[Air-l] Google is watching !

Thomas Koenig T.Koenig at lboro.ac.uk
Tue May 25 15:11:17 PDT 2004

At 16:40 25/05/2004, Charles Ess wrote:
>Perhaps I was overreading here - but both ET's statement and the following
>from Thomas Koenig seem to me to function precisely as accounts of what _is_
>the case in order to argue what _ought_ to be the case: (5/9/04)

I tried to outline my argument in detail in the last post already. I try to 
rephrase it again.

Empirical observation: "The Usenet and (most parts of the) www *are* 
public(ly available)."

Normative statement: "Anything that is uttered in public is fair game. 
Copyright laws apply, as do special provisions for a limited scope of 

Subsumption: "Usenet and (most parts of) the www are in principle fair game"

I do think that it is a good thing that the Usenet is public, but that is 
totally irrelevant for the argument made here. I would arrive at the same 
conclusion, if I would think that the Usenet should become private.

>That is, I've taken these to be part of your arguments against ethical
>obligations to protect privacy  - i.e., in the general form, "It is very
>difficult (if not impossible) to protect privacy online, therefore we ought
>not to worry about it."
>If I've misread the argument, then I'd be grateful for clarification.
>Specifically, if these statements are not being used in support of your
>arguments against ethical obligations to protect privacy - what is their
>logical function?

For the logical function, see above.

You are, however, right, that I sort of support the argument:

"It is very difficult (if not impossible) to protect privacy online, 
therefore we ought
not to worry about it." (where online means "Usenet/www", and "not to worry 
about it" means "advertize its public character")

Here is this argument in some more detail:  The right to privacy is *not* a 
right to unilaterally *declare* (or assume) just about anything as private. 
It is also not an absolute right that trumps anybody else's rights for 
*autonomy* or to torpedo discussions in the public sphere. In every legal 
system, the right to privacy and the right to participate in public 
discourse need to be reconciled. I should be able to have a private 
conversation, but not just anywhere I like it to have, as we need also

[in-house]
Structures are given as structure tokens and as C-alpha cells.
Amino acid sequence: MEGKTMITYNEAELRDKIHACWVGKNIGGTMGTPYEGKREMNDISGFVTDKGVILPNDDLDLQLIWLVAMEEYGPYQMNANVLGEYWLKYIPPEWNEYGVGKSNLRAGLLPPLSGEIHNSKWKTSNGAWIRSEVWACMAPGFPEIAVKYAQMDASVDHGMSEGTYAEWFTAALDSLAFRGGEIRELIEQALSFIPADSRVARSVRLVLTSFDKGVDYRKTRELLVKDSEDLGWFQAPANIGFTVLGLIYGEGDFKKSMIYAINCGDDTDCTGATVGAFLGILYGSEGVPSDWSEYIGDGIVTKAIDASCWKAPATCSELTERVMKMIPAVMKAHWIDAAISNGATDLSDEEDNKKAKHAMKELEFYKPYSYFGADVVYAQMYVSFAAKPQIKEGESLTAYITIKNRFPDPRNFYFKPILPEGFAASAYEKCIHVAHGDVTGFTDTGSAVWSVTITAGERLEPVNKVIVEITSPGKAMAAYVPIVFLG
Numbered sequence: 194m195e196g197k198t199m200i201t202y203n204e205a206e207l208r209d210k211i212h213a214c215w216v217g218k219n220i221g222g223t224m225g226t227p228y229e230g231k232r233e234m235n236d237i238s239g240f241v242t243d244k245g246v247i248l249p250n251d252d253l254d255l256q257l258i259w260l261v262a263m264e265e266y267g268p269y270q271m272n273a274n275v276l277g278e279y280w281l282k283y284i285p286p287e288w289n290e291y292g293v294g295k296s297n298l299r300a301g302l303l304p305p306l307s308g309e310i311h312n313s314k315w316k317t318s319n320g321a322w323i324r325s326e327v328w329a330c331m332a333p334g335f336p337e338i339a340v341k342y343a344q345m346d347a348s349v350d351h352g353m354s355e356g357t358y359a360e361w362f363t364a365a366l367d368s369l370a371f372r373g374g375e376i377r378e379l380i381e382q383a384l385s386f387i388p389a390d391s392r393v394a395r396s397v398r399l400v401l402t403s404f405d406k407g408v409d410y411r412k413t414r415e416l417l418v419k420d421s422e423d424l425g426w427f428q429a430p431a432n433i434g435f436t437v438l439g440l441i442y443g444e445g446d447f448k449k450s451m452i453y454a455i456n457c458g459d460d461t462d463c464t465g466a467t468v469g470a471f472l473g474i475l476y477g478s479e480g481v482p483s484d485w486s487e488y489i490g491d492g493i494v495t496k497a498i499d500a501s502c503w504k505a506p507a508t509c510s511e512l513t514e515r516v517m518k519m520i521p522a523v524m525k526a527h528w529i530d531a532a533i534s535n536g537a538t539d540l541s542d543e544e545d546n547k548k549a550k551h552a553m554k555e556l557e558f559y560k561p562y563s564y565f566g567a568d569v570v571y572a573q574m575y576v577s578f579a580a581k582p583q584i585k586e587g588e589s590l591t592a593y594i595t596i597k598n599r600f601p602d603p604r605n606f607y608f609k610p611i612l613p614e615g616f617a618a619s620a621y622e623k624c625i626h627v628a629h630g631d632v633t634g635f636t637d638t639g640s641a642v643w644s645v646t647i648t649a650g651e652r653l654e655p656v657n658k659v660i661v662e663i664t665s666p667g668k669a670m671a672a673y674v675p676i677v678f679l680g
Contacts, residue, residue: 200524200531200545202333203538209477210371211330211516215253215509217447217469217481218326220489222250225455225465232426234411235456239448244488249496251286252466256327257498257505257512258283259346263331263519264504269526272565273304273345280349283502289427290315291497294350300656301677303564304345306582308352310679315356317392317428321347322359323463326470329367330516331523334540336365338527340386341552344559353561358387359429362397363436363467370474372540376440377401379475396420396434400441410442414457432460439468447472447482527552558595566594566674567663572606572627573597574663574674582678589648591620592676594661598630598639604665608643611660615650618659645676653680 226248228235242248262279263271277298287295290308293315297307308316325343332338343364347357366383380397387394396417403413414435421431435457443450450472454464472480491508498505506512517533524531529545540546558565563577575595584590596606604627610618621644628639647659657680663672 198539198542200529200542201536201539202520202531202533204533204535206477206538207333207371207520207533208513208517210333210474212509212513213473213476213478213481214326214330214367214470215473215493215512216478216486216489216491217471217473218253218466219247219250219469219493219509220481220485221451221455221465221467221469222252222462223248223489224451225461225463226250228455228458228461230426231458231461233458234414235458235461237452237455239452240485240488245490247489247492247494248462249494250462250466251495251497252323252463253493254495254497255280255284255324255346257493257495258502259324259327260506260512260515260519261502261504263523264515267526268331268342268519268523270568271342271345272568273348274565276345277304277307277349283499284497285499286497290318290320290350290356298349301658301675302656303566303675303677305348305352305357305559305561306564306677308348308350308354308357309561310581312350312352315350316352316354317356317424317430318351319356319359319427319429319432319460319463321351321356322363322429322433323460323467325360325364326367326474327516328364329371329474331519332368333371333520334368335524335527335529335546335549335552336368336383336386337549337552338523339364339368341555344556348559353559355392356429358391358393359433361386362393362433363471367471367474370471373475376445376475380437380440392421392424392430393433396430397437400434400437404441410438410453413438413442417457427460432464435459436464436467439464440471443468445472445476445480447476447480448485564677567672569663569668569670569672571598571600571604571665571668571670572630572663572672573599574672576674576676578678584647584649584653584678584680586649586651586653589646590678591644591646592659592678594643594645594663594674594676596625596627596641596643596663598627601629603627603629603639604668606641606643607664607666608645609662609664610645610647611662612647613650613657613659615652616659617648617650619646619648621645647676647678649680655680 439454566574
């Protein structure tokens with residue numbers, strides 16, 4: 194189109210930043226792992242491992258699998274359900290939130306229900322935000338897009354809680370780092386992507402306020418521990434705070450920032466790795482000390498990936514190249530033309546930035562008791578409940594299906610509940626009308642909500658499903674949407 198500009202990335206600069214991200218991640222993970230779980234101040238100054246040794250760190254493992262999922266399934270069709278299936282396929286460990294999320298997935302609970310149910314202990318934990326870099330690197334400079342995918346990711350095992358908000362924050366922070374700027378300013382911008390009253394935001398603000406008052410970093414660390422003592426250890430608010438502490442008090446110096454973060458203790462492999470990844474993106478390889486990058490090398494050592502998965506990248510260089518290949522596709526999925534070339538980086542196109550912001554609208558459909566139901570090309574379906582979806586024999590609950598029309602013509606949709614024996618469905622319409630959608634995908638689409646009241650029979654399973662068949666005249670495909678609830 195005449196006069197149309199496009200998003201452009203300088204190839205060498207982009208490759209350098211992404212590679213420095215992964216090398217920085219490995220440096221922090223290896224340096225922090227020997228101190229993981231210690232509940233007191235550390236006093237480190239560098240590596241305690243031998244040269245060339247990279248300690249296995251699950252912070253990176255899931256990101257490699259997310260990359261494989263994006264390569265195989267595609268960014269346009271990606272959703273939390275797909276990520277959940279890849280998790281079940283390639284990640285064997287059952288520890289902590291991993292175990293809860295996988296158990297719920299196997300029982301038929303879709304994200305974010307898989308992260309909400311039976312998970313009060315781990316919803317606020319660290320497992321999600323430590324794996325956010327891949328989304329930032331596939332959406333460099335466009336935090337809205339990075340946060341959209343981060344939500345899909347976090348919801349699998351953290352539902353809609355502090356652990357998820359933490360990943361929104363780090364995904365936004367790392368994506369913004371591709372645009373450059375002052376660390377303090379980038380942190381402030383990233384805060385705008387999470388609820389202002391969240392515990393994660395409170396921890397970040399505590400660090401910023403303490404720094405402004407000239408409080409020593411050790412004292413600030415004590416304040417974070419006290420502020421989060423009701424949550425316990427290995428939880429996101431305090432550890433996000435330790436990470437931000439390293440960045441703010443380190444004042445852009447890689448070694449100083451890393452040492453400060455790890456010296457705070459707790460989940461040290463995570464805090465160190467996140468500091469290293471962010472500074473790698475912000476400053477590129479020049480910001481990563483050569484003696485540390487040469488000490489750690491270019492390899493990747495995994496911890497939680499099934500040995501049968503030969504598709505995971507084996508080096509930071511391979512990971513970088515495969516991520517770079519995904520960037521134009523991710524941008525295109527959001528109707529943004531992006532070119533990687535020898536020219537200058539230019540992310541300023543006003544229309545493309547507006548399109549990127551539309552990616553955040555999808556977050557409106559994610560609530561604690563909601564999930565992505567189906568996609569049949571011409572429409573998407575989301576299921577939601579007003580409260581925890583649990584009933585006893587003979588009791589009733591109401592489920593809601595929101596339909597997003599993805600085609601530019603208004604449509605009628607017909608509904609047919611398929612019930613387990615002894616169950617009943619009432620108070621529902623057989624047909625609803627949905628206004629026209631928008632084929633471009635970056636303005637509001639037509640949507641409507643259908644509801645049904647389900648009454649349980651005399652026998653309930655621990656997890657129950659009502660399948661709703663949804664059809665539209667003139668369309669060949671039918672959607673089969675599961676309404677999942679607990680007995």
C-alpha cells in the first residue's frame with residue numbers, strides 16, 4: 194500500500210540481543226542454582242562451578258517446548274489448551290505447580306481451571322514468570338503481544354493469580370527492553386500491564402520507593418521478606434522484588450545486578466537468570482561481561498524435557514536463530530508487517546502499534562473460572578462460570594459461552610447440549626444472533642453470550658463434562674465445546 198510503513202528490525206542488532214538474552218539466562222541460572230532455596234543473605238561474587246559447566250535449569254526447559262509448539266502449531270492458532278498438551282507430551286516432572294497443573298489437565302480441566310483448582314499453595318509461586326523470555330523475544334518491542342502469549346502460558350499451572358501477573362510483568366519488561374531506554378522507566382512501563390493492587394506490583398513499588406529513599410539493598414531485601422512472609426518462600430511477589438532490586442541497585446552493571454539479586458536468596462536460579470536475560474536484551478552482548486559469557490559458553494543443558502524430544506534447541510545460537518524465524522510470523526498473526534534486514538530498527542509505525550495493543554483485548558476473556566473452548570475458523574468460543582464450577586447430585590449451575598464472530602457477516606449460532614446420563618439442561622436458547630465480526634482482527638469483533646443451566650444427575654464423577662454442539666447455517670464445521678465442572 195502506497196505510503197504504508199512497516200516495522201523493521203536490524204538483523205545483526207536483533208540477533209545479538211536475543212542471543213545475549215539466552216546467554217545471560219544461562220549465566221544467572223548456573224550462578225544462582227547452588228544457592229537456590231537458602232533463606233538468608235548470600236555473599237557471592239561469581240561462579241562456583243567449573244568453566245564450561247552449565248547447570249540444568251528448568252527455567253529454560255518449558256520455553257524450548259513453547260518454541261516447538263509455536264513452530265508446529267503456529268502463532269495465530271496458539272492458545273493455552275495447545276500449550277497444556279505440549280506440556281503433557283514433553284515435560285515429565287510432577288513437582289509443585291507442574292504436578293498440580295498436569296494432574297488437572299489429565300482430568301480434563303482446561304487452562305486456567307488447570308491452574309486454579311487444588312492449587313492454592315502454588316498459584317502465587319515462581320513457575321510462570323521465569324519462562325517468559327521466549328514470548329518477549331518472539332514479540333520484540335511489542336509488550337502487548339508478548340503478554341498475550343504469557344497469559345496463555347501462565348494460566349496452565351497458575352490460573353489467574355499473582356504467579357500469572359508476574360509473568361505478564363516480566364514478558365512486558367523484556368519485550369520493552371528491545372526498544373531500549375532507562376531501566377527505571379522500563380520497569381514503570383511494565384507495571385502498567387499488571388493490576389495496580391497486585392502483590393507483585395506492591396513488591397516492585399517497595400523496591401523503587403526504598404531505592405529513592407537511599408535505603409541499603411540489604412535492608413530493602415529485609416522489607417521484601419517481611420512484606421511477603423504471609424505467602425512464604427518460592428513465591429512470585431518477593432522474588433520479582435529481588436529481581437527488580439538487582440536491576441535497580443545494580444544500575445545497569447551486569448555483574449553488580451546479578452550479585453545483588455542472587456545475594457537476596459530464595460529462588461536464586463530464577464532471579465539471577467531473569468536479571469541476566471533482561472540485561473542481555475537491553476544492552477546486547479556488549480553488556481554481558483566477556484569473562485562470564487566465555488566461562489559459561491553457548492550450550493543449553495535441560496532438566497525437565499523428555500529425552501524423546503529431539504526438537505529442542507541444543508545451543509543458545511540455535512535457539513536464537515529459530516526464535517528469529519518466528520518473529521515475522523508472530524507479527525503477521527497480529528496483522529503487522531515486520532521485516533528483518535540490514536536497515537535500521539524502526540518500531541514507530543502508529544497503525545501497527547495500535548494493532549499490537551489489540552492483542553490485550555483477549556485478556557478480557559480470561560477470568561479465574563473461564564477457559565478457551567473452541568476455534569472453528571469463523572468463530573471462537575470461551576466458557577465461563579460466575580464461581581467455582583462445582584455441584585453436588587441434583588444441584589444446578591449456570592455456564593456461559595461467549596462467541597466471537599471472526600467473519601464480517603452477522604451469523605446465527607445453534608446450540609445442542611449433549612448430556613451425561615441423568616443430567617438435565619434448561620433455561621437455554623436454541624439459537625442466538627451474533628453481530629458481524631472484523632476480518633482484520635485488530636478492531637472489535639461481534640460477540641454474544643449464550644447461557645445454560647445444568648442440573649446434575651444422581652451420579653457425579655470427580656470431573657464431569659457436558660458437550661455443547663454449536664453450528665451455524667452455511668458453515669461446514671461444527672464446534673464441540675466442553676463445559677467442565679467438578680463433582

space for the public sphere. Usenet and www are through their technical 
configuration *only* suited for the public sphere, and they are, in 
principle, an excellent means to have public discussions. There is ample 
room for private conversations at home, your local bar, through email, or 
even maybe with some forms of ICQ or IRC (that is, if you are lucky enough 
to be wealthy enough to have a home and you live in some sort of democratic 
country). Conversely, before the age of the internet, that was *no* venue 
to have effective public discussions, where virtually anybody with computer 
access could participate. That's, why I think that the Usenet not only *is* 
public, but also should *remain* public. That's a far stretch from arguing 
that anything that is should be.

For those, who think that the *mistaken* assumption that Usenet/www were 
private entitles you to privacy rights, a little example from the world 
outside CMC. A few weeks ago, a sports reporter on a popular British TV 
station made a remark that many considered (in my view, rightfully,) as 
racist. He made that remark, while he thought that his microphone was 
turned off, thus he clearly *intended* it to be a private outburst, not to 
be heard by anyone. Well, the mike was on and it got broadcast 
(http://observer.guardian.co.uk/uk_news/story/0,6903,1202686,00.html). The 
reporter had to resign from all of his duties. Would you have advocated 
that his perception of privacy should have exempted him from any 


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